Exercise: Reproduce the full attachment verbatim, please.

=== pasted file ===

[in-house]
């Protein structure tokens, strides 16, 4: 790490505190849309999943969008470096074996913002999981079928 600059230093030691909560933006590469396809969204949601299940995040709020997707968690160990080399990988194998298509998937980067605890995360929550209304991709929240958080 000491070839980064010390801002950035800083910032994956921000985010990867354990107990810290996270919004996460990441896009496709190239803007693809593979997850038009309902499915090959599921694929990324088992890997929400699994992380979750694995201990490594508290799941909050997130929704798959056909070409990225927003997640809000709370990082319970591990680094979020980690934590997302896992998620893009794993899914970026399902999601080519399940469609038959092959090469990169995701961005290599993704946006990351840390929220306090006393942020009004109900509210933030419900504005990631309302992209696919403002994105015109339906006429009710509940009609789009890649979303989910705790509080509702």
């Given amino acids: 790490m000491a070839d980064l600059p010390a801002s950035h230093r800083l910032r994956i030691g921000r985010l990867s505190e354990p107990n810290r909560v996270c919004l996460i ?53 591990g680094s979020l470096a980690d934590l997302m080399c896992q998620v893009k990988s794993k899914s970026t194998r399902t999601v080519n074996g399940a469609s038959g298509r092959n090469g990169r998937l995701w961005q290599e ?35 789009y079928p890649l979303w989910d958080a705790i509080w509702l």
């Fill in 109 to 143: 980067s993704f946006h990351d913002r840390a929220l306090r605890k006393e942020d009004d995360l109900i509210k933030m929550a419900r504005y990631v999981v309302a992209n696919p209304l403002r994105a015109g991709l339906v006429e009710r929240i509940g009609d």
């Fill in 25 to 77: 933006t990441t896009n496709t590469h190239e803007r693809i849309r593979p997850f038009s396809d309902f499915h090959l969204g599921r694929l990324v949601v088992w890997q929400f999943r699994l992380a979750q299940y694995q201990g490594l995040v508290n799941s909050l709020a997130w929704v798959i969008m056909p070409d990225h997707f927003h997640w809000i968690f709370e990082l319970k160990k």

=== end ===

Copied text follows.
[in-house]
């Protein structure tokens, strides 16, 4: 790490505190849309999943969008470096074996913002999981079928 600059230093030691909560933006590469396809969204949601299940995040709020997707968690160990080399990988194998298509998937980067605890995360929550209304991709929240958080 000491070839980064010390801002950035800083910032994956921000985010990867354990107990810290996270919004996460990441896009496709190239803007693809593979997850038009309902499915090959599921694929990324088992890997929400699994992380979750694995201990490594508290799941909050997130929704798959056909070409990225927003997640809000709370990082319970591990680094979020980690934590997302896992998620893009794993899914970026399902999601080519399940469609038959092959090469990169995701961005290599993704946006990351840390929220306090006393942020009004109900509210933030419900504005990631309302992209696919403002994105015109339906006429009710509940009609789009890649979303989910705790509080509702």
């Given amino acids: 790490m000491a070839d980064l600059p010390a801002s950035h230093r800083l910032r994956i030691g921000r985010l990867s505190e354990p107990n810290r909560v996270c919004l996460i ?53 591990g680094s979020l470096a980690d934590l997302m080399c896992q998620v893009k990988s794993k899914s970026t194998r399902t999601v080519n074996g399940a469609s038959g298509r092959n090469g990169r998937l995701w961005q290599e ?35 789009y079928p890649l979303w989910d958080a705790i509080w509702l």
């Fill in 109 to 143: 980067s993704f946006h990351d913002r840390a929220l306090r605890k006393e942020d009004d995360l109900i509210k933030m929550a419900r504005y990631v999981v309302a992209n696919p209304l403002r994105a015109g991709l339906v006429e009710r929240i509940g009609d």
């Fill in 25 to 77: 933006t990441t896009n496709t590469h190239e803007r693809i849309r593979p997850f038009s396809d309902f499915h090959l969204g599921r694929l990324v949601v088992w890997q929400f999943r699994l992380a979750q299940y694995q201990g490594l995040v508290n799941s909050l709020a997130w929704v798959i969008m056909p070409d990225h997707f927003h997640w809000i968690f709370e990082l319970k160990k």